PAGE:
Again, Game B just felt like something that we should all understand. And, of course, Jim and Jordan are always such a delight to listen to because they thought so deeply for so many years about so many of the topics we cover here on the podcast. So many great nuggets of wisdom in this one.
[00:03:05] JS: Jim, the Genesis of Game B was with you. And it started with a paper that you wrote in 2012.
[00:03:11] Jim Rutt (JR): Yep.
[00:03:12] JS: Tell us about it.
[00:03:14] JR: You know, I've been thinking about the problems of our society for a really long time, since about 1994. Even though I was in the belly of Game A at that time, I was a CTO of a multi-billion-dollar, multinational publishing company. Didn't get much more Game A-y than that. But the curtains were starting to rise and I was starting to realize that this system that I was in the middle of, and at least minor player in, was fundamentally rotten. That it didn't deliver a high-quality of life for most people. And this was right at the time when the wealth gap was ever-growing. The cultural capital, social capital in our societies were declining. Crime was at a very high rate at that time. That unfortunately has turned around, et cetera.
But for a number of reasons I just started realizing that we were on the wrong road. And I didn't have any answers yet. I just had a diagnosis that this is not the right road. Then over the next several years, I kept my eyes open. Thought about it a little bit. Started learning more about complexity science, which turned out to be a hugely powerful lens in thinking about how a society unfolds over time. The fact that all the agents are strategic. And so, you can't predict what they'll do very well. And if nothing else, it gave me a good dose of epistemic modesty. The thing you gain most when you study complexity is to realize how little capacity, we really have to predict the unfolding of a complex system.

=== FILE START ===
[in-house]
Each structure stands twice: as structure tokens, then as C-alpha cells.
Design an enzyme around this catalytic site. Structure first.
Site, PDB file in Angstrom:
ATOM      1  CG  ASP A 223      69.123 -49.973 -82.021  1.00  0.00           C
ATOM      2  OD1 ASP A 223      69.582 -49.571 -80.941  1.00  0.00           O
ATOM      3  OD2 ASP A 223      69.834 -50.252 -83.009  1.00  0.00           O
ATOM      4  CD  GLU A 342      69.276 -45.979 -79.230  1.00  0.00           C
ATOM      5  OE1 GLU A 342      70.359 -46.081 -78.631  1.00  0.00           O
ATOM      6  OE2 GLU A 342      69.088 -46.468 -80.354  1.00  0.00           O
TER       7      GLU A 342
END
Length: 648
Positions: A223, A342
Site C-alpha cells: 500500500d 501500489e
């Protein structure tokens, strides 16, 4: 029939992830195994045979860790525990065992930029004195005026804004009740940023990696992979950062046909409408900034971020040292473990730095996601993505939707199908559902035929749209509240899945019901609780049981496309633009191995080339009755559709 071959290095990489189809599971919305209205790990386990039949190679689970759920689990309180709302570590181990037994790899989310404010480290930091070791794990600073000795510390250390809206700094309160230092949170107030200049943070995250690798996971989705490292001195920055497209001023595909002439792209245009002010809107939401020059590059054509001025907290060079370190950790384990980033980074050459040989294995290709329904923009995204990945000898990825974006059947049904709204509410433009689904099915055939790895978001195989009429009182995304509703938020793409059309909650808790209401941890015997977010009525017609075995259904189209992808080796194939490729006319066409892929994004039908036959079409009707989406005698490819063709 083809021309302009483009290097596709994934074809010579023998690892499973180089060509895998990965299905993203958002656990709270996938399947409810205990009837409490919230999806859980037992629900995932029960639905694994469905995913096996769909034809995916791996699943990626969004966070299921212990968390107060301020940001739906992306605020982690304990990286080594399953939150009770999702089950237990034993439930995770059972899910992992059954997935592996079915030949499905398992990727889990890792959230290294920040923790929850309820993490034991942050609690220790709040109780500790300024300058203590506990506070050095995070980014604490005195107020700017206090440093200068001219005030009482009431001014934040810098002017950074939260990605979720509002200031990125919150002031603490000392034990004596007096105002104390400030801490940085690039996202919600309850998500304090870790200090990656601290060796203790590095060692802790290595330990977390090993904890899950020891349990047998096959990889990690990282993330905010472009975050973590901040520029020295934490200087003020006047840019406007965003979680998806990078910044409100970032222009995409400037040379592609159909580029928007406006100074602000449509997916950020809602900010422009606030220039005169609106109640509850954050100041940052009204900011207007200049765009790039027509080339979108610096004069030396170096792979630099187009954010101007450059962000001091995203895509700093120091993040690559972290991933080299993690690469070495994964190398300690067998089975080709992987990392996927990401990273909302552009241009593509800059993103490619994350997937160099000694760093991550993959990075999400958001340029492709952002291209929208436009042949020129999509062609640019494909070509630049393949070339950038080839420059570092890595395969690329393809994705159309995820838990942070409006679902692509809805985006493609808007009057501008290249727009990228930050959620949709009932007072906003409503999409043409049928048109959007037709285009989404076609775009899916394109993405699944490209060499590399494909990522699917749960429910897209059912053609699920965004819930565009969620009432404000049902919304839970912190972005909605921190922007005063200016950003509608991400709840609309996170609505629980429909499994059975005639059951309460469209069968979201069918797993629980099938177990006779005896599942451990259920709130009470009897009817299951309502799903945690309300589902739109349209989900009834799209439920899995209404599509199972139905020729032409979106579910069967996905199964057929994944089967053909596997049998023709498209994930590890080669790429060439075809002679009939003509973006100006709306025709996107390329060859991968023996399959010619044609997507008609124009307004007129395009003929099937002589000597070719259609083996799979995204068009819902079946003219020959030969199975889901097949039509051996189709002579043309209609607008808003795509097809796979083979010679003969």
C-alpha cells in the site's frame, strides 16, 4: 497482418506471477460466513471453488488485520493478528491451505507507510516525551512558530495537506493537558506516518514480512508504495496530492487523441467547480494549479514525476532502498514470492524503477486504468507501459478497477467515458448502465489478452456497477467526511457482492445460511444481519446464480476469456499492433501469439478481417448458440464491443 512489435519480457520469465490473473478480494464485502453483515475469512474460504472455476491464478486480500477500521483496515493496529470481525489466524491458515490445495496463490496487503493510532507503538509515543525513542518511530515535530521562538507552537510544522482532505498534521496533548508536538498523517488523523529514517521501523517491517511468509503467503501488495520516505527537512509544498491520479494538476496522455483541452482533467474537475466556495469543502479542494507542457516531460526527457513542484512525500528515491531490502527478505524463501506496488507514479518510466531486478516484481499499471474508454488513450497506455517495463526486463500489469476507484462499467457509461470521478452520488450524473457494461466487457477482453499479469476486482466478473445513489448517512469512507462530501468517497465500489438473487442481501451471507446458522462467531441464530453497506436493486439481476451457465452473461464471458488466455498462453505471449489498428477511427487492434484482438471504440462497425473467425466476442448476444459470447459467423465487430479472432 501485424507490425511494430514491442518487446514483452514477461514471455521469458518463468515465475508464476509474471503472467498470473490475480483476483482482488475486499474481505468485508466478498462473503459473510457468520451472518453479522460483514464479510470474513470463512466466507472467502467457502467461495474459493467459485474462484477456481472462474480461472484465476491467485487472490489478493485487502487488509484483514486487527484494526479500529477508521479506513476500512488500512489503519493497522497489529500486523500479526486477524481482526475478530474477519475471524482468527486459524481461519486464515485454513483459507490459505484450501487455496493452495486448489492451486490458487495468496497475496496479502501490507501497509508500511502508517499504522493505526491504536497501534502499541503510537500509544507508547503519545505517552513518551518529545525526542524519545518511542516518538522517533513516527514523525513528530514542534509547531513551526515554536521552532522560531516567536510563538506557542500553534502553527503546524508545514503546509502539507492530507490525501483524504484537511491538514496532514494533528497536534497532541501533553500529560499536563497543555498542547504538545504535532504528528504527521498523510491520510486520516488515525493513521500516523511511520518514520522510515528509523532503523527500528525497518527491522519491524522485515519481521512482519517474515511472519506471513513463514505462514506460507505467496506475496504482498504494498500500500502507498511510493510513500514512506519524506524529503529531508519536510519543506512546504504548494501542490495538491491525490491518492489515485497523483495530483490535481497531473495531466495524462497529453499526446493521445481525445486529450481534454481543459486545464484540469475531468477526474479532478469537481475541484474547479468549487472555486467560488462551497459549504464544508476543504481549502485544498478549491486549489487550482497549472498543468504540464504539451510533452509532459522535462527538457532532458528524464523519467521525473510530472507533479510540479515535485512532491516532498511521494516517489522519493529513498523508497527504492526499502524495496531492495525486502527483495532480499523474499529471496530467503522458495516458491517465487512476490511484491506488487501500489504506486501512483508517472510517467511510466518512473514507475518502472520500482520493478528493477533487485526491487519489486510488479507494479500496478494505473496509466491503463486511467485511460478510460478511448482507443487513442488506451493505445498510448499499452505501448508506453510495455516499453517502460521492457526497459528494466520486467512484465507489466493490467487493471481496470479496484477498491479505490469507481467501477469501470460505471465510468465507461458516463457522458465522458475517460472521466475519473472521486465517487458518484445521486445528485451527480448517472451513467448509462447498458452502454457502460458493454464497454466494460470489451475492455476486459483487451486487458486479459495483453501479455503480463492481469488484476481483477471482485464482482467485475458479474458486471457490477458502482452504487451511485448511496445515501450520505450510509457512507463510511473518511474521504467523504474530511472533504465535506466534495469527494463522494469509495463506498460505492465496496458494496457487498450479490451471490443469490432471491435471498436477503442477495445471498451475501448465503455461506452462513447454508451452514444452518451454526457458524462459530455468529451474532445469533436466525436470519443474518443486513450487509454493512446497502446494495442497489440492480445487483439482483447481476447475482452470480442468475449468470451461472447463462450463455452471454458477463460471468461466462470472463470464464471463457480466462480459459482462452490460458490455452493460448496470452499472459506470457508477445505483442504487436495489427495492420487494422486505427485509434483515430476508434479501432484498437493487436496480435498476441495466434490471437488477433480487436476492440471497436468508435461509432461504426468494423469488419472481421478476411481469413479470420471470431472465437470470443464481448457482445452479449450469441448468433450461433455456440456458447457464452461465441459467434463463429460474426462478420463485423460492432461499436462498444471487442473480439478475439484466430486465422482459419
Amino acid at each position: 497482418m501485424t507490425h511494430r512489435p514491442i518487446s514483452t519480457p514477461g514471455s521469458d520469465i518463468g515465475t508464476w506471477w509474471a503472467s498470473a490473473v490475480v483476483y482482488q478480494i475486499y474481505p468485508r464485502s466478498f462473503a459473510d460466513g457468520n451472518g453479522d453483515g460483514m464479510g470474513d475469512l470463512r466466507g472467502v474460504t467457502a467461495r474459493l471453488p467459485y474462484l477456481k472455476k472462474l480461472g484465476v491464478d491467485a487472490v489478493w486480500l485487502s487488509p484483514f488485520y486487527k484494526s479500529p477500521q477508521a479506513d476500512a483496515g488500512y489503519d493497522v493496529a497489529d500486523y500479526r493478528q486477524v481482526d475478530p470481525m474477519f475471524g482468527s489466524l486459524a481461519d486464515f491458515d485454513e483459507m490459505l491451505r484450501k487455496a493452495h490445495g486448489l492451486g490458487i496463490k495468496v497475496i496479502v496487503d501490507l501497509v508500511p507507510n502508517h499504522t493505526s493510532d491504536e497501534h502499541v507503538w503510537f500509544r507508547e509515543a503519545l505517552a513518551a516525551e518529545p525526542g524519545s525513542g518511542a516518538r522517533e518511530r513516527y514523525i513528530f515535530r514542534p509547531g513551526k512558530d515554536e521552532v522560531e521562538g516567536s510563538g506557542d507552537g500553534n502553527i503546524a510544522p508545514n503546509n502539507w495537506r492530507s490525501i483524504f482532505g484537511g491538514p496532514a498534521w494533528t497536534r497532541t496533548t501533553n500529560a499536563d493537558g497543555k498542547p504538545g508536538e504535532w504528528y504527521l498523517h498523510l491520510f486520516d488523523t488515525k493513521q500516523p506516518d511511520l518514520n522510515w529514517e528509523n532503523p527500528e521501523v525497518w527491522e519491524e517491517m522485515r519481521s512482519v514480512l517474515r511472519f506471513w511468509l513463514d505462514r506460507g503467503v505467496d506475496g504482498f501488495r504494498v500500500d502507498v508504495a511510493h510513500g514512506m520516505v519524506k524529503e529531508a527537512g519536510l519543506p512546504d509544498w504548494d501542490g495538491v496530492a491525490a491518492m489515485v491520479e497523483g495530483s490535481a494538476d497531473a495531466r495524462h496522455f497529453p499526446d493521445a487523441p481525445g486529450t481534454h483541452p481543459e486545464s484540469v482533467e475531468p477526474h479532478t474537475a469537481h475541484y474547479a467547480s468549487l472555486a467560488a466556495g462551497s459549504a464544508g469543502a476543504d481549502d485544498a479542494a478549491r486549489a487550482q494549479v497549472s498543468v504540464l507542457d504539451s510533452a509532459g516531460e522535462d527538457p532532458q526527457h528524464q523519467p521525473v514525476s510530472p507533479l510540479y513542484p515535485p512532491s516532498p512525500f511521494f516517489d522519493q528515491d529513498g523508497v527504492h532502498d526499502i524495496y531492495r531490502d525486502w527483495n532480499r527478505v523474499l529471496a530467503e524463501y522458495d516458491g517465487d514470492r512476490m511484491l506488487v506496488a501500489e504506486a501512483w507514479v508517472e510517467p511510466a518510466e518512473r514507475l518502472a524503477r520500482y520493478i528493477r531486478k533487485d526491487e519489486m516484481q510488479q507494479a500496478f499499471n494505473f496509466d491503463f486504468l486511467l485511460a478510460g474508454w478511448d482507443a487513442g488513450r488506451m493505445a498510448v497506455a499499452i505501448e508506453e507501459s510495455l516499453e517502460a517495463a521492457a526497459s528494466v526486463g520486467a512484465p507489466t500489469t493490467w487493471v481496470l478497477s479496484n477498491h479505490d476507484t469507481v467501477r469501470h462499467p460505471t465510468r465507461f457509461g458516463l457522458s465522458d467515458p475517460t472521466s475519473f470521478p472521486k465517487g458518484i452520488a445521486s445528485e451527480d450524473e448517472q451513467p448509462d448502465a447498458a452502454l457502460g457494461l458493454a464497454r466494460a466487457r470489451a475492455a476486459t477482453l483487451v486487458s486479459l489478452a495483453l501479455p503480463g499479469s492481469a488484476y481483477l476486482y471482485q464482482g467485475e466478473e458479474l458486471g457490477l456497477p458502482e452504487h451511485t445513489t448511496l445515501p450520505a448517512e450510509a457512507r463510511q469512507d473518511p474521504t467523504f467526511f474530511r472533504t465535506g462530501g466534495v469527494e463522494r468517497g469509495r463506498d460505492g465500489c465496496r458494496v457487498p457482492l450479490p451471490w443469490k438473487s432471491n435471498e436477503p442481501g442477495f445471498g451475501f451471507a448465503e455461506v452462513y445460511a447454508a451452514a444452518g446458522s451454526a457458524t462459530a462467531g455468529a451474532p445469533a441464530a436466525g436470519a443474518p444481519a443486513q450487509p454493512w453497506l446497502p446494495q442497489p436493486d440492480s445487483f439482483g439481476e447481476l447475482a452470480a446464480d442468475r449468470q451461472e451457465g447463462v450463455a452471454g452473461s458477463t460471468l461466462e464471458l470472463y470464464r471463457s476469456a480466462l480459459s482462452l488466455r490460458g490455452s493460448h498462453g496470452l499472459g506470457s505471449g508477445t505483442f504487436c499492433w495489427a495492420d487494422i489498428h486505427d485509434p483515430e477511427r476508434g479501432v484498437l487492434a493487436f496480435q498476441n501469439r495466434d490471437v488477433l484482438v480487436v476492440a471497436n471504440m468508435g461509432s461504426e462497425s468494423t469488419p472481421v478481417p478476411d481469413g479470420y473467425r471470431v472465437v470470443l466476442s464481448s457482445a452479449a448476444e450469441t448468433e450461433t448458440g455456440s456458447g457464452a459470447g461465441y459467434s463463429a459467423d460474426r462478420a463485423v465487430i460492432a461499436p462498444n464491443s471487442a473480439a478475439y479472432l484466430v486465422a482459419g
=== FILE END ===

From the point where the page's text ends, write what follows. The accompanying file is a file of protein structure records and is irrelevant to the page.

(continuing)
[00:04:40] JS: For those in the audience who aren't familiar with complexity science, can you just give us the headline?
[00:04:45] JR: Yeah, it's basically how complex things arise from simplicity. In fact, the full name of our science is the science of complexity from simplicity. As an example, you, each human, is a complex adaptive system. Then at the bottom is made up of atoms jiggering around, which then constitutes molecules, which then constitutes cells, which then constitutes tissues, which then constitutes organs and then systems within the body. And then an entity, a person. And then that person is part of an eco-system, which is then part of a planet. We have this emergent hierarchy from simplicity to complexity that's highly dynamic and highly non-linear.
[00:05:26] JS: And you also mentioned epistemic, which is a term that some people may not understand either. So do you mind just explaining that quickly too?
[00:05:35] JR: It basically means how do we know things and the nature of knowing. And epistemic modesty is to realize that we don't know as much as we think we might know, particularly the unfolding a complex adaptive system.
[00:05:49] JS: So tell us what was in this paper, which I think had a lot of momentum and then led to a gathering.